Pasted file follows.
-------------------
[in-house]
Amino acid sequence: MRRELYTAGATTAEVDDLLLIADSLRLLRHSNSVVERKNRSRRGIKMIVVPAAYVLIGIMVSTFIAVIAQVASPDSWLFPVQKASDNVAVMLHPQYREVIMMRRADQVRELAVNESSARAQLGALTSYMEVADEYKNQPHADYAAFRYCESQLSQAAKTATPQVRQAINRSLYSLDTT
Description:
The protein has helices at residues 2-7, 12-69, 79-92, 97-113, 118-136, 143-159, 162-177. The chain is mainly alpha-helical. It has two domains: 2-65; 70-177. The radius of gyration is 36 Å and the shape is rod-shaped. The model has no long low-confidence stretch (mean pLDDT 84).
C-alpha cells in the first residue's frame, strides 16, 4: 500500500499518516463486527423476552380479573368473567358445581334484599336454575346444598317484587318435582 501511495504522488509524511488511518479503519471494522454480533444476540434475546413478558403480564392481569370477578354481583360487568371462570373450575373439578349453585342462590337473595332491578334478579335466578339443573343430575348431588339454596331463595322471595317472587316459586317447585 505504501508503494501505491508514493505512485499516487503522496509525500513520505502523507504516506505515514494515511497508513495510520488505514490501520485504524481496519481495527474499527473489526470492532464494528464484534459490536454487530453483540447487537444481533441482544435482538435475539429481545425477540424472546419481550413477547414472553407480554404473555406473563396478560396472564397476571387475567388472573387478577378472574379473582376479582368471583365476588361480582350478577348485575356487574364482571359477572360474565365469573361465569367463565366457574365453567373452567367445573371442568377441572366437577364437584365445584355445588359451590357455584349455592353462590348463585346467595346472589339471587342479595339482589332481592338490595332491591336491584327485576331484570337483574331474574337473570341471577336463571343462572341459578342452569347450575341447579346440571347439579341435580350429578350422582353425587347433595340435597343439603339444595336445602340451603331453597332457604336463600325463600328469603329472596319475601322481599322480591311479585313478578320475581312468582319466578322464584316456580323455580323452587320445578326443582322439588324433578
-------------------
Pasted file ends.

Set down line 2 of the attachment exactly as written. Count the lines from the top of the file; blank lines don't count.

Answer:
Amino acid sequence: MRRELYTAGATTAEVDDLLLIADSLRLLRHSNSVVERKNRSRRGIKMIVVPAAYVLIGIMVSTFIAVIAQVASPDSWLFPVQKASDNVAVMLHPQYREVIMMRRADQVRELAVNESSARAQLGALTSYMEVADEYKNQPHADYAAFRYCESQLSQAAKTATPQVRQAINRSLYSLDTT